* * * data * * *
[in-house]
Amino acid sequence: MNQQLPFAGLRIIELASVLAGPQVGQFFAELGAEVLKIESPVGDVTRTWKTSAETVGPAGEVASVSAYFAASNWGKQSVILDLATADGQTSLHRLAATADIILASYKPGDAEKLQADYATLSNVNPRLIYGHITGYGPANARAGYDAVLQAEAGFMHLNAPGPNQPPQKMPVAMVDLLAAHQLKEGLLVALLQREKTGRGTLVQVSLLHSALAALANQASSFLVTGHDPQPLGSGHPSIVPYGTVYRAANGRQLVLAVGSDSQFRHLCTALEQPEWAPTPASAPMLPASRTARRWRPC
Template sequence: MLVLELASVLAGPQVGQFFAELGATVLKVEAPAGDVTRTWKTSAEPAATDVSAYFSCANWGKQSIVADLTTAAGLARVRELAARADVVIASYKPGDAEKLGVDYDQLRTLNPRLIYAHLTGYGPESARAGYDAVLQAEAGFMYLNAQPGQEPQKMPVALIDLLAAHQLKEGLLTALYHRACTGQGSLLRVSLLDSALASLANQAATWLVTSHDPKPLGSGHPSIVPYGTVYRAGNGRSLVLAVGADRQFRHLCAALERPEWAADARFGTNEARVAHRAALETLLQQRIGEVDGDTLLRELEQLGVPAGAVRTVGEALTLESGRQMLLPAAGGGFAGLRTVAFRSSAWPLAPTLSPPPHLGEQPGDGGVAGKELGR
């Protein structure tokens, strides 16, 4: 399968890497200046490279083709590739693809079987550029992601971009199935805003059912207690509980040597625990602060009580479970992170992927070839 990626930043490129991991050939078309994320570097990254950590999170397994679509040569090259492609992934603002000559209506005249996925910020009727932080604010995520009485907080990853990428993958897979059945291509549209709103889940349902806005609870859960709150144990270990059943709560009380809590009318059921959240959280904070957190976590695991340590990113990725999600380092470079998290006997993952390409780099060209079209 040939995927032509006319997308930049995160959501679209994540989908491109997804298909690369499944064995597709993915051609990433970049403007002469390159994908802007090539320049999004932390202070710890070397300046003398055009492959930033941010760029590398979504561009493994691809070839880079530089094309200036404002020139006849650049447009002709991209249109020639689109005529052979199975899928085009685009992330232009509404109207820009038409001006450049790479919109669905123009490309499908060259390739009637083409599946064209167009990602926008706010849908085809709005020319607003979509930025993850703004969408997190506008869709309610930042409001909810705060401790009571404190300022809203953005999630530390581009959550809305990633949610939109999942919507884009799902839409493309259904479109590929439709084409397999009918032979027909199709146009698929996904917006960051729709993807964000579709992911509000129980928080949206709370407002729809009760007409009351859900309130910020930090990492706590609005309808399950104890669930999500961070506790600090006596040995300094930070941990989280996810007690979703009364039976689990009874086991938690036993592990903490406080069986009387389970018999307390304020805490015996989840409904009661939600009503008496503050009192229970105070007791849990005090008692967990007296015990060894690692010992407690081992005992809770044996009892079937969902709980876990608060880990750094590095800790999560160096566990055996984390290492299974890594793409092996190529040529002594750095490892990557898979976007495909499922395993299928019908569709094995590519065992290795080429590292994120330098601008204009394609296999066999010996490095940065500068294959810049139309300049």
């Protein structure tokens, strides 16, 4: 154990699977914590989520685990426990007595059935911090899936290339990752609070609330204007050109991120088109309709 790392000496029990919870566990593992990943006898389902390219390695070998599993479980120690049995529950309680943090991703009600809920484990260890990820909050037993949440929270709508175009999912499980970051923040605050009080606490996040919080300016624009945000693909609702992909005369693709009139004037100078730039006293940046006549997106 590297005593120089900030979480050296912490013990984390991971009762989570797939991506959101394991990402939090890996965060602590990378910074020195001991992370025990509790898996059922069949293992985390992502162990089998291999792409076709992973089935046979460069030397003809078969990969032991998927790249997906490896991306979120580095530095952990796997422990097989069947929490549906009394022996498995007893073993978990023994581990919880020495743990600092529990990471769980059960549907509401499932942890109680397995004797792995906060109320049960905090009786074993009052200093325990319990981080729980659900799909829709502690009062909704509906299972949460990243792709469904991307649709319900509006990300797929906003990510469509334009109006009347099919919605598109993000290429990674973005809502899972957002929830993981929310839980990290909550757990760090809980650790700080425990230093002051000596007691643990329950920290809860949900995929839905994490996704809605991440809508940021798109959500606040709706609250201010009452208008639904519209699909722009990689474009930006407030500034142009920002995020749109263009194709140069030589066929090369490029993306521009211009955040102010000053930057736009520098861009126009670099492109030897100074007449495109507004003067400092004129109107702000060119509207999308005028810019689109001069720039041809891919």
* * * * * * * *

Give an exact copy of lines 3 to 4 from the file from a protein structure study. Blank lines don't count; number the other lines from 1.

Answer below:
Template sequence: MLVLELASVLAGPQVGQFFAELGATVLKVEAPAGDVTRTWKTSAEPAATDVSAYFSCANWGKQSIVADLTTAAGLARVRELAARADVVIASYKPGDAEKLGVDYDQLRTLNPRLIYAHLTGYGPESARAGYDAVLQAEAGFMYLNAQPGQEPQKMPVALIDLLAAHQLKEGLLTALYHRACTGQGSLLRVSLLDSALASLANQAATWLVTSHDPKPLGSGHPSIVPYGTVYRAGNGRSLVLAVGADRQFRHLCAALERPEWAADARFGTNEARVAHRAALETLLQQRIGEVDGDTLLRELEQLGVPAGAVRTVGEALTLESGRQMLLPAAGGGFAGLRTVAFRSSAWPLAPTLSPPPHLGEQPGDGGVAGKELGR
């Protein structure tokens, strides 16, 4: 399968890497200046490279083709590739693809079987550029992601971009199935805003059912207690509980040597625990602060009580479970992170992927070839 990626930043490129991991050939078309994320570097990254950590999170397994679509040569090259492609992934603002000559209506005249996925910020009727932080604010995520009485907080990853990428993958897979059945291509549209709103889940349902806005609870859960709150144990270990059943709560009380809590009318059921959240959280904070957190976590695991340590990113990725999600380092470079998290006997993952390409780099060209079209 040939995927032509006319997308930049995160959501679209994540989908491109997804298909690369499944064995597709993915051609990433970049403007002469390159994908802007090539320049999004932390202070710890070397300046003398055009492959930033941010760029590398979504561009493994691809070839880079530089094309200036404002020139006849650049447009002709991209249109020639689109005529052979199975899928085009685009992330232009509404109207820009038409001006450049790479919109669905123009490309499908060259390739009637083409599946064209167009990602926008706010849908085809709005020319607003979509930025993850703004969408997190506008869709309610930042409001909810705060401790009571404190300022809203953005999630530390581009959550809305990633949610939109999942919507884009799902839409493309259904479109590929439709084409397999009918032979027909199709146009698929996904917006960051729709993807964000579709992911509000129980928080949206709370407002729809009760007409009351859900309130910020930090990492706590609005309808399950104890669930999500961070506790600090006596040995300094930070941990989280996810007690979703009364039976689990009874086991938690036993592990903490406080069986009387389970018999307390304020805490015996989840409904009661939600009503008496503050009192229970105070007791849990005090008692967990007296015990060894690692010992407690081992005992809770044996009892079937969902709980876990608060880990750094590095800790999560160096566990055996984390290492299974890594793409092996190529040529002594750095490892990557898979976007495909499922395993299928019908569709094995590519065992290795080429590292994120330098601008204009394609296999066999010996490095940065500068294959810049139309300049």